I Moved 10 Times in 18 Years. Here’s What It’s Really Like To Rent As A Single Woman In Toronto

I’ve lived in rundown, older buildings with bugs and rodents, and in apartments where promises were made for refurbishment. I’ve battled a landlord who took advantage of his tenants. And I’m exhausted.
By Loreto Cisterna
A moving box in a living room with a roll of packing tape on top (Photo: iStock)

Ten. That’s the number of apartments in Toronto I’ve lived in since 2005. I’ve lived in rundown, older buildings with bugs and rodents. I’ve lived where promises were made for refurbishment. I was left battling a landlord who took advantage of his tenants and didn’t care about the post-flood mold in the basement bedroom and squirrels moving in. Could it have been worse? Sure. Am I exhausted? Absolutely!

As a woman living alone in a big city, safety has always been my priority when choosing a home. This generally meant looking for places that had security in place and often led to renting a condo—a matchbox in the sky, if you will.

In 2005, a few years after working downtown at a media organization and landing a permanent full-time gig, my first apartment, just shy of 500 square feet and boring builder beige, gave me a sense of freedom—even if I was paying someone else’s mortgage. I was finally an adult in my own space, paying my own bills, and I wasn’t at the mercy of a commuting schedule as I could walk to work. At the time, student loans, job insecurity and debts made owning property an unattainable reality. I still feel the same now; even with job security, it’s hard to become a property owner in Toronto outside of a two-income household. Three years in a row I lived in condos where the owners sold their property or wanted to move back in.

Each year, reasonable rental options dwindled. (In May 2023, the average cost to rent a one-bedroom apartment in Toronto was more than $2,500.) When looking for a new place, the number of times I was asked if I could afford the rent or if my “spouse” was going to apply was irritating. Would a man have been asked the same? In most cases, the price of rent was only one full paycheque—if I was lucky. The process felt like a reality show where you had to outbid your competitors for a rental. So, I settled for what I could get, what I could afford. Often.

In 2014, after living in six places for a year or less each, I finally landed in a 550-square-foot unit that I loved by the ferry docks along Toronto’s waterfront. It didn’t tick all of my boxes, but it made me happy for six years, the longest I had stayed anywhere. Then 2020 hit. Everything changed. At the start of the pandemic, lockdown gave me extra time to learn new skills. I became obsessed with DIY. I built furniture. I refurbished and sold furniture. I bought power tools! I realized I needed a different kind of space.

Working from home also made the walls feel like they were closing in. I needed a bigger place, preferably with some outdoor space, where I could breathe and separate my workday from “me” time. The rental prices had begun to temporarily cool, so, in my excitement, I picked a place smack in Toronto’s downtown core with upgrades (den, balcony, in-unit laundry), but wasn’t suited to the lifestyle I now had. There wasn’t a workspace for my new woodworking hobby. I was older, but not wiser. Less than a year in, I knew I wasn’t going to last there.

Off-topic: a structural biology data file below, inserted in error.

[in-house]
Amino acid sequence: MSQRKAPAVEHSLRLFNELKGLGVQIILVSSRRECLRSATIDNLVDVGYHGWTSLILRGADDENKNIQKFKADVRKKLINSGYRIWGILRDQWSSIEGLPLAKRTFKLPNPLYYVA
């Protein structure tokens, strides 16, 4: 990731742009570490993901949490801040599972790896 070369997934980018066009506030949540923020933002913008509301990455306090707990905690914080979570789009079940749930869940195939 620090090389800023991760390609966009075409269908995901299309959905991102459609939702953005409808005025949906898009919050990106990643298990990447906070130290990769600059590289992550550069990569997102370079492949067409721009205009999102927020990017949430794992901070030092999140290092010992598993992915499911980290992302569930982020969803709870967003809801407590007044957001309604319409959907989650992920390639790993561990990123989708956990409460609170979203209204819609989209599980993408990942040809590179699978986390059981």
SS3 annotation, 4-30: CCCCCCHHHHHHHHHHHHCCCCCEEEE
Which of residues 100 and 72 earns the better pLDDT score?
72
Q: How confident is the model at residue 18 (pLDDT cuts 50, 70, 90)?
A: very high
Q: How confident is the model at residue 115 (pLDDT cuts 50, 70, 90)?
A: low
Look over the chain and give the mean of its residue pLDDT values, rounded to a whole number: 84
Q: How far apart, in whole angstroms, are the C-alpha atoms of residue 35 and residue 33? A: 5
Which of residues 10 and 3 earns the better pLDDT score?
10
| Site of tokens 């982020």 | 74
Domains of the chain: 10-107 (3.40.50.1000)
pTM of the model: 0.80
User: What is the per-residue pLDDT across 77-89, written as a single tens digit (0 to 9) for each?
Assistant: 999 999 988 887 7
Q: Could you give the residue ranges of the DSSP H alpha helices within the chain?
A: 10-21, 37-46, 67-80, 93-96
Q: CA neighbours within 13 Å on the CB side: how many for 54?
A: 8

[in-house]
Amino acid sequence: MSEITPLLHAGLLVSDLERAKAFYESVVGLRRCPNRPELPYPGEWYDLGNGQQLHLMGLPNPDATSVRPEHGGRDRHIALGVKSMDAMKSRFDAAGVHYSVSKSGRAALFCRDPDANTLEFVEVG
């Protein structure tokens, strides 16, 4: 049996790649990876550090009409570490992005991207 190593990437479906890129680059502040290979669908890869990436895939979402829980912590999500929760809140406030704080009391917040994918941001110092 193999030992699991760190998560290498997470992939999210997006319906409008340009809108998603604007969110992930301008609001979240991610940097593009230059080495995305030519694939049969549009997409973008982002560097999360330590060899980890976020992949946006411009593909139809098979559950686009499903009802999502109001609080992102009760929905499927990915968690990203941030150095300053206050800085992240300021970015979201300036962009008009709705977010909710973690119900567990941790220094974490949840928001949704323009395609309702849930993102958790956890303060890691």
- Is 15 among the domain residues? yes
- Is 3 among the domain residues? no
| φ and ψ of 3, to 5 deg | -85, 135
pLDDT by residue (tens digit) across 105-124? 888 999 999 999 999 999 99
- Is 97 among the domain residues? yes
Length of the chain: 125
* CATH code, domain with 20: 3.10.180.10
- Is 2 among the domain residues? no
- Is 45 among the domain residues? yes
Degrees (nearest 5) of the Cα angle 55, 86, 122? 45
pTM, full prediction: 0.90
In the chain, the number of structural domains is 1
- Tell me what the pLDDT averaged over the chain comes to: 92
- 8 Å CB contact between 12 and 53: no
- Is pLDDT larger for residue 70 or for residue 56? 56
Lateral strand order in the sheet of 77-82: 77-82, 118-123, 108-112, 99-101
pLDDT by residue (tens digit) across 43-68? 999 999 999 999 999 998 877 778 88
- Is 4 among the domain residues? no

I decided that I needed to step outside my comfort zone and rent the main floor of a house in Toronto’s east end. I wanted some outdoor space to work on projects. What happened to my need for security? Until that moment, I was afraid of living in a house alone. I grew up in apartments, and that’s where I felt safe. My parents bought their first house when I was 14, but even then, I often checked doors and locks to feel secure. Fast forward to 2021. A fascination with true crime plus being a woman living alone meant I was definitely going to be the target of the local serial killer, right? I fully understand how silly this sounds. I was in a beautiful and safe family neighbourhood, but it didn’t have the peace I was looking for. Sometimes it was too quiet; sometimes it was louder than I could handle. I never truly felt settled. I stopped my projects. The beautiful old trees blocked the sunlight I craved. I was further away from my family and friends than I wanted to be, and I felt frustrated and trapped. Again.

After years of feeling unsettled in rentals, could I have saved up and put a down payment on something? Maybe. If I could go back in time, make different life choices, would I have bought a new condo in 2004 when I had the chance to enter the market? With the real estate market as it is, inflated and obscene, maybe I could have sold big and gotten ahead by now. But that condo took five years to build, and I couldn’t actually afford the mortgage. I also had other dreams to travel and see the world. So, I live with the result of my choices and the possibility of never owning a home.

In 2022, I moved into apartment number 10, back in a 700-square-foot condo up in the sky. It’s $600 more than my past unit, a price I’ve been able to offset with the lack of travelling I’ve done since 2019. It’s not downtown but in the west end, and it’s closer to my circle of loved ones. I have a view to die for—an unobstructed lake view!—and all the sunshine my plants and I need. The creative juices are flowing once again, and I am hopeful. I just hope that I can stay here until it’s my choice to leave. Until then, I live in fear that I may have to pack up and do it all again next year.

Originally published January 2023; updated February 2024.


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